Transitive past participles

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I received the following free grammar question:

For every transitive past participle, is the following true? He has been done=He is done e.g. 1. He has been killed =He is killed 2. He has been seen =He is seen 3.It has been eaten =It is eaten

Let’s begin by defining a couple of verb terms.

First transitive means it’s a verb that acts upon an object. Think of a verb like “throw”. You have to throw a thing, even if you throw a fit. A verb like “think” is intransitive. You can just think. You don’t even have to think of anything.

Next: the past participle is the form of the verb used with an auxiliary to indicate a past action. The auxiliary determines exactly when in the past the action occurred. Because these are transitive past participles, they are the object of the action.

Here are some examples of transitive past participles in action:

I have been helped. (past perfect)

He will have been helped. (future perfect)

She could have been helped. (past conditional)

The question is basically: can we change the auxiliary verb “have been” to “is” and retain the same meaning for the past perfect tense?

The answer is generally “yes”, but it becomes a little less natural English.

To say “he is killed” is absolutely correct English, yet it sounds a little awkward to me. I think that’s because I would equate “he has been killed” to “he is dead.” Now of course, the meaning of “he is dead” is not equivalent in every context. “He is dead” could mean from natural causes, but “he has been killed” can only mean something has killed him. But if you watch any movies, you might see a scene where someone is shot and another actor checks them and announces “he’s dead”, not “he is killed.” It’s just how we use the language.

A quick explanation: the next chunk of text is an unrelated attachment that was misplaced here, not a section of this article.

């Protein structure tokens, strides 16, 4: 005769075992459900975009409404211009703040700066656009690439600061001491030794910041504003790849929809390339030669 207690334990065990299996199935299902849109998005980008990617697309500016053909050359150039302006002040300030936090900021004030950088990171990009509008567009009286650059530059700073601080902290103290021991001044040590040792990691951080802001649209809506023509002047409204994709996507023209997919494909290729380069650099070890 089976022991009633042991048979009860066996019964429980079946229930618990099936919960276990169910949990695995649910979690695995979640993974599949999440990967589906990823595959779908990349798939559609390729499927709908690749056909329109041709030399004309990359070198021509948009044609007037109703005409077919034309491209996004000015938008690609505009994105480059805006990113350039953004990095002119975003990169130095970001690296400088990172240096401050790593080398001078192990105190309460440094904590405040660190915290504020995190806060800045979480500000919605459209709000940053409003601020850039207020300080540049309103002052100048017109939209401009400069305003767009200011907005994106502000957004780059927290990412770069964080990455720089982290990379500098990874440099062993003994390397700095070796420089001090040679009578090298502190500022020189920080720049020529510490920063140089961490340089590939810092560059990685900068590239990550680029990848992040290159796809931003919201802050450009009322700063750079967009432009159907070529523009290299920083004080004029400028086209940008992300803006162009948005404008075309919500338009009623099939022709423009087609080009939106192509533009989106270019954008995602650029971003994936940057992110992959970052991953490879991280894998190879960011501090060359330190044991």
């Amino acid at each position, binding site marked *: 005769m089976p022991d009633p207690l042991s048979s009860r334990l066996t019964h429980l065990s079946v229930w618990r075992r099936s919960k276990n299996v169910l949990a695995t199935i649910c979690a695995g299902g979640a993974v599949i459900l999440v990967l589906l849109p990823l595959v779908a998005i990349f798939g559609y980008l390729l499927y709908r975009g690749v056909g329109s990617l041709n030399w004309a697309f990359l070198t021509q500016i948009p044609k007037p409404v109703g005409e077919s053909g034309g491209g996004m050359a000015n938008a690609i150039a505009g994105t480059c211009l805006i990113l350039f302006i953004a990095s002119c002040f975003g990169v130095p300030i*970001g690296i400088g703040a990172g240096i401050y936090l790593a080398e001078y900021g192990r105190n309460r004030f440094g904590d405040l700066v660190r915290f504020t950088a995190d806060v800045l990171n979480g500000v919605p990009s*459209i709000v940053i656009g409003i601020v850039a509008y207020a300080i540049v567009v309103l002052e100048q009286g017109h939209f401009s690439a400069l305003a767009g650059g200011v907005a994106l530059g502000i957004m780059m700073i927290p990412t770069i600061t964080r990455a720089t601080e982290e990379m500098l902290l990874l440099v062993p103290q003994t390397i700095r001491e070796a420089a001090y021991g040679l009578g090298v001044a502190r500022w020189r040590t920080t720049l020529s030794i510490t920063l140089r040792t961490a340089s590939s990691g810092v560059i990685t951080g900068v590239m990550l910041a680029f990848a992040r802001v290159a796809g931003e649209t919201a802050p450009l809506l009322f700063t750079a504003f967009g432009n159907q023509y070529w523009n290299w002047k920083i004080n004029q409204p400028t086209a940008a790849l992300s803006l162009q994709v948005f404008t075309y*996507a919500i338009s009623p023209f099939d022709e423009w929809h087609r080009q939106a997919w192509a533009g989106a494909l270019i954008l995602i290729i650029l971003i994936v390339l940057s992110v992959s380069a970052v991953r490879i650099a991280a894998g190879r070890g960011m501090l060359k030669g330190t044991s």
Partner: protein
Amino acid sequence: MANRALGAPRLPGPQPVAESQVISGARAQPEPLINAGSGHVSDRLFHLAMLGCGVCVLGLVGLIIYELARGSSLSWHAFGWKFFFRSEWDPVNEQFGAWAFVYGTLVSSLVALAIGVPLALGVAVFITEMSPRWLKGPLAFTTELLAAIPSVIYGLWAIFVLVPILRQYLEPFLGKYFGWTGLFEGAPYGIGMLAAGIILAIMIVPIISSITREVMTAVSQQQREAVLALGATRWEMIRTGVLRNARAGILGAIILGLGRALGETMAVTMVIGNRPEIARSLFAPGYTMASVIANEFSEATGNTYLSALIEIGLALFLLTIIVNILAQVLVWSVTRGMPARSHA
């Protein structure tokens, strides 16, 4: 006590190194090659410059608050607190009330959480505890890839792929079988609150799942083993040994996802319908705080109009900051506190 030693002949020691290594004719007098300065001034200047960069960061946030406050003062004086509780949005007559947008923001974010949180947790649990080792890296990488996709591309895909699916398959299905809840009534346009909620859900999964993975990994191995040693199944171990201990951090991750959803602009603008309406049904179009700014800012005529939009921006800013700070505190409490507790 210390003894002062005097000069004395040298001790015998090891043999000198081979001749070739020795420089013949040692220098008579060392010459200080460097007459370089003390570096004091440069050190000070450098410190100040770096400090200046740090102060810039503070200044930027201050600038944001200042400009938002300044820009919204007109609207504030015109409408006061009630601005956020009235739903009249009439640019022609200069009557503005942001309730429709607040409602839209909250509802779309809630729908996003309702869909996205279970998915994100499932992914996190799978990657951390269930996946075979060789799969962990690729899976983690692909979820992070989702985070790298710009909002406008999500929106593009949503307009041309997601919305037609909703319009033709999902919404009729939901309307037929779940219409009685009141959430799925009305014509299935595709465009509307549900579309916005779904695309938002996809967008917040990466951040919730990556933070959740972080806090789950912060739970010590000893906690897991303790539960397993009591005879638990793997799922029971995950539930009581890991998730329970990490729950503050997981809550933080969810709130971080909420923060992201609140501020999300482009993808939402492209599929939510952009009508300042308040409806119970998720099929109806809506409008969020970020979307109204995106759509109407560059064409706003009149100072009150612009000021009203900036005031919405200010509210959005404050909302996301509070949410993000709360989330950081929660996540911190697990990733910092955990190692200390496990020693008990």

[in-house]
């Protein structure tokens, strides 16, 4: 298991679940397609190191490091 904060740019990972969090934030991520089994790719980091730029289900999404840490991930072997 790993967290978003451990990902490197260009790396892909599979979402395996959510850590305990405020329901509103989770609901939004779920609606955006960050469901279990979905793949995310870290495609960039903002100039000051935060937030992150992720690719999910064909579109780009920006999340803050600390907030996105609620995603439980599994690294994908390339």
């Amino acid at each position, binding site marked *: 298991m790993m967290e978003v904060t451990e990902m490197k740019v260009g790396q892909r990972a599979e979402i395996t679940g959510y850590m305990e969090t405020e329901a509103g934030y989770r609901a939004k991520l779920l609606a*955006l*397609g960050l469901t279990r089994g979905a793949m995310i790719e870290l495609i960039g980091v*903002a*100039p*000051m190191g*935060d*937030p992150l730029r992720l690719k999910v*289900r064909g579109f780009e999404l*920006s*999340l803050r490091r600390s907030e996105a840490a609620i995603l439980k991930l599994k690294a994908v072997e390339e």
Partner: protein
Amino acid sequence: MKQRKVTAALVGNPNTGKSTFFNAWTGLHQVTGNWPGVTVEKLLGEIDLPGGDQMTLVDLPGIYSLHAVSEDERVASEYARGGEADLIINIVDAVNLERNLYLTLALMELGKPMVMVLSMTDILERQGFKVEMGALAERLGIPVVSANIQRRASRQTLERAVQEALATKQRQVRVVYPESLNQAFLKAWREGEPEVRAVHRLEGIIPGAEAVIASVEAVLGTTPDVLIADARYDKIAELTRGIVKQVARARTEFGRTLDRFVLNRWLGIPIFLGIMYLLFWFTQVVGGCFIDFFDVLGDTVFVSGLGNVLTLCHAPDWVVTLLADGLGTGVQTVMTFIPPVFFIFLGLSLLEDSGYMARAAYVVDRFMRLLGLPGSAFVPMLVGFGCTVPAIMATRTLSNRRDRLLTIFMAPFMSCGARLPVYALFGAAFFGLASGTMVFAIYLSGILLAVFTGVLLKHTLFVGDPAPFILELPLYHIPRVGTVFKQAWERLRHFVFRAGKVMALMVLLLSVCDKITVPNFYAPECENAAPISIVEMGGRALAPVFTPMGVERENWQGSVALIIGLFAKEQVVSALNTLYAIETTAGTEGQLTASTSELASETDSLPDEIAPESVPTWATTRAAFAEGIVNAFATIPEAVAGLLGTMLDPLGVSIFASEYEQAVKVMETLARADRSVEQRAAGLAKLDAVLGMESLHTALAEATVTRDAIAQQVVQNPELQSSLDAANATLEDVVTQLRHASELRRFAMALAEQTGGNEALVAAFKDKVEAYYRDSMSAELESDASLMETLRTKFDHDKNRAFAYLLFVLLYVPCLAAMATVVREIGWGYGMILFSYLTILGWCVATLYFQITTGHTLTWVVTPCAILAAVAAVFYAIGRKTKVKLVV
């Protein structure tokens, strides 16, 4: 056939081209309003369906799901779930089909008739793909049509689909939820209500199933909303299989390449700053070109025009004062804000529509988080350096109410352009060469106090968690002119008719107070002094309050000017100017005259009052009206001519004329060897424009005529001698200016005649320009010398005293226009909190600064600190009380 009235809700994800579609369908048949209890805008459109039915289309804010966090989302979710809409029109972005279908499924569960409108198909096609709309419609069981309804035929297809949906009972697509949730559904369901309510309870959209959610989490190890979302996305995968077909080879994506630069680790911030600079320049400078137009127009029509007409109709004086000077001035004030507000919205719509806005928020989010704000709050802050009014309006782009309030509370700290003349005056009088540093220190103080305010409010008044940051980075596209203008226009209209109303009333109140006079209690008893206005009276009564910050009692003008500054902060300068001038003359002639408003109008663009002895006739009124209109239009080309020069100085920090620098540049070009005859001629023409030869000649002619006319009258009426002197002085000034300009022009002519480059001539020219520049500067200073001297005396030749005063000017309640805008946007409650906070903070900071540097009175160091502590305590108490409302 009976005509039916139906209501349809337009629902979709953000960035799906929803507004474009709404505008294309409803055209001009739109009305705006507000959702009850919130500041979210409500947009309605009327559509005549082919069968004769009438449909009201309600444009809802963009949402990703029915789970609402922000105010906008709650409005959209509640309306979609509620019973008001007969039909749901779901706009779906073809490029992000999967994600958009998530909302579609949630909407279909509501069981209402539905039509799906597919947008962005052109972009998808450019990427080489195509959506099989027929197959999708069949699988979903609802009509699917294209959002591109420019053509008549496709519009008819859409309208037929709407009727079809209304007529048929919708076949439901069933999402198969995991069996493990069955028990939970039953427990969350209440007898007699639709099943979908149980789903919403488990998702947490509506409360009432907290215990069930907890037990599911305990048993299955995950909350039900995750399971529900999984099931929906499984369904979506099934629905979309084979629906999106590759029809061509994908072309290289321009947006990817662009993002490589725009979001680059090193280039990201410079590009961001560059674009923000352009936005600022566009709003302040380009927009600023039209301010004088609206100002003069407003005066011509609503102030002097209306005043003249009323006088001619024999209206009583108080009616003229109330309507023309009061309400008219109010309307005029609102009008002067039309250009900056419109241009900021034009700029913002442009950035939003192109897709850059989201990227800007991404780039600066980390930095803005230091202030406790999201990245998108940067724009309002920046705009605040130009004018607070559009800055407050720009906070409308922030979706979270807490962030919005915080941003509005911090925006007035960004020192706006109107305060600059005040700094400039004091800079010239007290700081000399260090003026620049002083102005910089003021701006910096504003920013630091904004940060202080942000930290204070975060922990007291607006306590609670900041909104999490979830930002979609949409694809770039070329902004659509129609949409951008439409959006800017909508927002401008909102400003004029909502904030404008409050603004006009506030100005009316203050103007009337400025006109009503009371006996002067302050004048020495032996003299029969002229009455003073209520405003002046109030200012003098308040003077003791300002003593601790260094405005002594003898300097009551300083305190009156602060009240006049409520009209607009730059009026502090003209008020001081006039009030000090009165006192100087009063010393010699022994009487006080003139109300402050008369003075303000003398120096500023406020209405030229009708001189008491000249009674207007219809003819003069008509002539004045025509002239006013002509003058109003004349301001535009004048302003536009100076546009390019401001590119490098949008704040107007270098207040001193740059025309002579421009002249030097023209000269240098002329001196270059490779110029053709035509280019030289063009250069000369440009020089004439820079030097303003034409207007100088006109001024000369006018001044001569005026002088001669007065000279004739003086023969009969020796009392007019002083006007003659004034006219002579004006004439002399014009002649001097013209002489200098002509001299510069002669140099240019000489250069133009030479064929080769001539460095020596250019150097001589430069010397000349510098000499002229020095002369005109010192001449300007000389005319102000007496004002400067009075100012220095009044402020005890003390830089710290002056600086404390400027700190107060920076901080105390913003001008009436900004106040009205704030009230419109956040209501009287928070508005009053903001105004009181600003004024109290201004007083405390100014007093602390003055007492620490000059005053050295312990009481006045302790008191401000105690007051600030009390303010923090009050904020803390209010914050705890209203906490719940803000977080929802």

He has been done. I think this one is clearly equivalent. He has received the action already. “He has been inducted into the army” or “he has been given his inoculation.” You could easily and naturally say “he’s done.”

He has been seen. This means he has been seen at some time in the past, but not necessarily right now. “He is seen” means he is being seen right now.

It has been eaten. This is the normal way to state this. “It is eaten” means the same thing, but seems less natural.

One of the biggest challenges of learning a language is learning these subtle variations in use.

About Peter J. Francis

Peter J. Francis is owner and operator of HyperGraphix Publishing Services (HGPublishing.com). He has over 30 years of professional writing and editing experience. He holds a BA (Honors) degree in English (1987), a B. Ed. degree from SFU (2005) and a certificate in Special Education from SFU (2011). He teaches high school and offers editing services as time is available.